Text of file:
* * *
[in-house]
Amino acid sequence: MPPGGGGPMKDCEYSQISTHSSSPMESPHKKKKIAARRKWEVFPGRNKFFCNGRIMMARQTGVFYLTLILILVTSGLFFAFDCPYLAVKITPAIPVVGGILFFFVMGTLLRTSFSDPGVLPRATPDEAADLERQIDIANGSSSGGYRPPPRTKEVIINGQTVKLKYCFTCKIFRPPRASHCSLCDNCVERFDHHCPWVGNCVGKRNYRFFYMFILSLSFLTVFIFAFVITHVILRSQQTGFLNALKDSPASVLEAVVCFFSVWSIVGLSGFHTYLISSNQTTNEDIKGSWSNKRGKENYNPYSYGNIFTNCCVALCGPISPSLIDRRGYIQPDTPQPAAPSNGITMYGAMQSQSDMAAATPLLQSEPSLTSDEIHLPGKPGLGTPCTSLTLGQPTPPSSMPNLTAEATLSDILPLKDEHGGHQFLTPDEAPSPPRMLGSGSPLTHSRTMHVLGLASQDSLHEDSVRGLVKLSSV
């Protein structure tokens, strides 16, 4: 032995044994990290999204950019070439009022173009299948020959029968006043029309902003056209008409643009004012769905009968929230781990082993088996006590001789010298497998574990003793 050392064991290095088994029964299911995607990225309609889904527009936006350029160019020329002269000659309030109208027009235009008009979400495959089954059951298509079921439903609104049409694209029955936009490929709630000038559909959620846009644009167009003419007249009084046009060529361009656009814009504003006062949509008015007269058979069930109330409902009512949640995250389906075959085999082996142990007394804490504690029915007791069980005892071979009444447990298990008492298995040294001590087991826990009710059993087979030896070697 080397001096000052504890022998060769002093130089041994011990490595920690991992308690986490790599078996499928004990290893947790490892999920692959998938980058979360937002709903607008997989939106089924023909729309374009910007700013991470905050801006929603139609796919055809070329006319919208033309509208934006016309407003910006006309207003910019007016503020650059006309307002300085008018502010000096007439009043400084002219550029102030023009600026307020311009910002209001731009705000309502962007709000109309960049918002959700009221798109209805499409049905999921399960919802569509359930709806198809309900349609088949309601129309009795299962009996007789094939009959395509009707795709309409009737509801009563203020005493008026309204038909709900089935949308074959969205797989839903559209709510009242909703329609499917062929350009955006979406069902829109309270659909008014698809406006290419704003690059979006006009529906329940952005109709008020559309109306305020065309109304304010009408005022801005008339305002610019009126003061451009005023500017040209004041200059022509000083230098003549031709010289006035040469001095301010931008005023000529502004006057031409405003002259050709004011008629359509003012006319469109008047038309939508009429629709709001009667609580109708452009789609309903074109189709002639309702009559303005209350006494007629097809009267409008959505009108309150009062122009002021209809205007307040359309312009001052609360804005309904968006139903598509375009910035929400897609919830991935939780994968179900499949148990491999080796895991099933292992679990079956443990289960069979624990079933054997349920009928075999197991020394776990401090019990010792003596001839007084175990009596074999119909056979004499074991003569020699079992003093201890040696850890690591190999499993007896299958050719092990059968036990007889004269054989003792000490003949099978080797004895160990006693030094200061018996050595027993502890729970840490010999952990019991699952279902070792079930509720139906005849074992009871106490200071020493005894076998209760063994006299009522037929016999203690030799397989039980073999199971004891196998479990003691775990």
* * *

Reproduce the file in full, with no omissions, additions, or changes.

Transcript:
[in-house]
Amino acid sequence: MPPGGGGPMKDCEYSQISTHSSSPMESPHKKKKIAARRKWEVFPGRNKFFCNGRIMMARQTGVFYLTLILILVTSGLFFAFDCPYLAVKITPAIPVVGGILFFFVMGTLLRTSFSDPGVLPRATPDEAADLERQIDIANGSSSGGYRPPPRTKEVIINGQTVKLKYCFTCKIFRPPRASHCSLCDNCVERFDHHCPWVGNCVGKRNYRFFYMFILSLSFLTVFIFAFVITHVILRSQQTGFLNALKDSPASVLEAVVCFFSVWSIVGLSGFHTYLISSNQTTNEDIKGSWSNKRGKENYNPYSYGNIFTNCCVALCGPISPSLIDRRGYIQPDTPQPAAPSNGITMYGAMQSQSDMAAATPLLQSEPSLTSDEIHLPGKPGLGTPCTSLTLGQPTPPSSMPNLTAEATLSDILPLKDEHGGHQFLTPDEAPSPPRMLGSGSPLTHSRTMHVLGLASQDSLHEDSVRGLVKLSSV
């Protein structure tokens, strides 16, 4: 032995044994990290999204950019070439009022173009299948020959029968006043029309902003056209008409643009004012769905009968929230781990082993088996006590001789010298497998574990003793 050392064991290095088994029964299911995607990225309609889904527009936006350029160019020329002269000659309030109208027009235009008009979400495959089954059951298509079921439903609104049409694209029955936009490929709630000038559909959620846009644009167009003419007249009084046009060529361009656009814009504003006062949509008015007269058979069930109330409902009512949640995250389906075959085999082996142990007394804490504690029915007791069980005892071979009444447990298990008492298995040294001590087991826990009710059993087979030896070697 080397001096000052504890022998060769002093130089041994011990490595920690991992308690986490790599078996499928004990290893947790490892999920692959998938980058979360937002709903607008997989939106089924023909729309374009910007700013991470905050801006929603139609796919055809070329006319919208033309509208934006016309407003910006006309207003910019007016503020650059006309307002300085008018502010000096007439009043400084002219550029102030023009600026307020311009910002209001731009705000309502962007709000109309960049918002959700009221798109209805499409049905999921399960919802569509359930709806198809309900349609088949309601129309009795299962009996007789094939009959395509009707795709309409009737509801009563203020005493008026309204038909709900089935949308074959969205797989839903559209709510009242909703329609499917062929350009955006979406069902829109309270659909008014698809406006290419704003690059979006006009529906329940952005109709008020559309109306305020065309109304304010009408005022801005008339305002610019009126003061451009005023500017040209004041200059022509000083230098003549031709010289006035040469001095301010931008005023000529502004006057031409405003002259050709004011008629359509003012006319469109008047038309939508009429629709709001009667609580109708452009789609309903074109189709002639309702009559303005209350006494007629097809009267409008959505009108309150009062122009002021209809205007307040359309312009001052609360804005309904968006139903598509375009910035929400897609919830991935939780994968179900499949148990491999080796895991099933292992679990079956443990289960069979624990079933054997349920009928075999197991020394776990401090019990010792003596001839007084175990009596074999119909056979004499074991003569020699079992003093201890040696850890690591190999499993007896299958050719092990059968036990007889004269054989003792000490003949099978080797004895160990006693030094200061018996050595027993502890729970840490010999952990019991699952279902070792079930509720139906005849074992009871106490200071020493005894076998209760063994006299009522037929016999203690030799397989039980073999199971004891196998479990003691775990």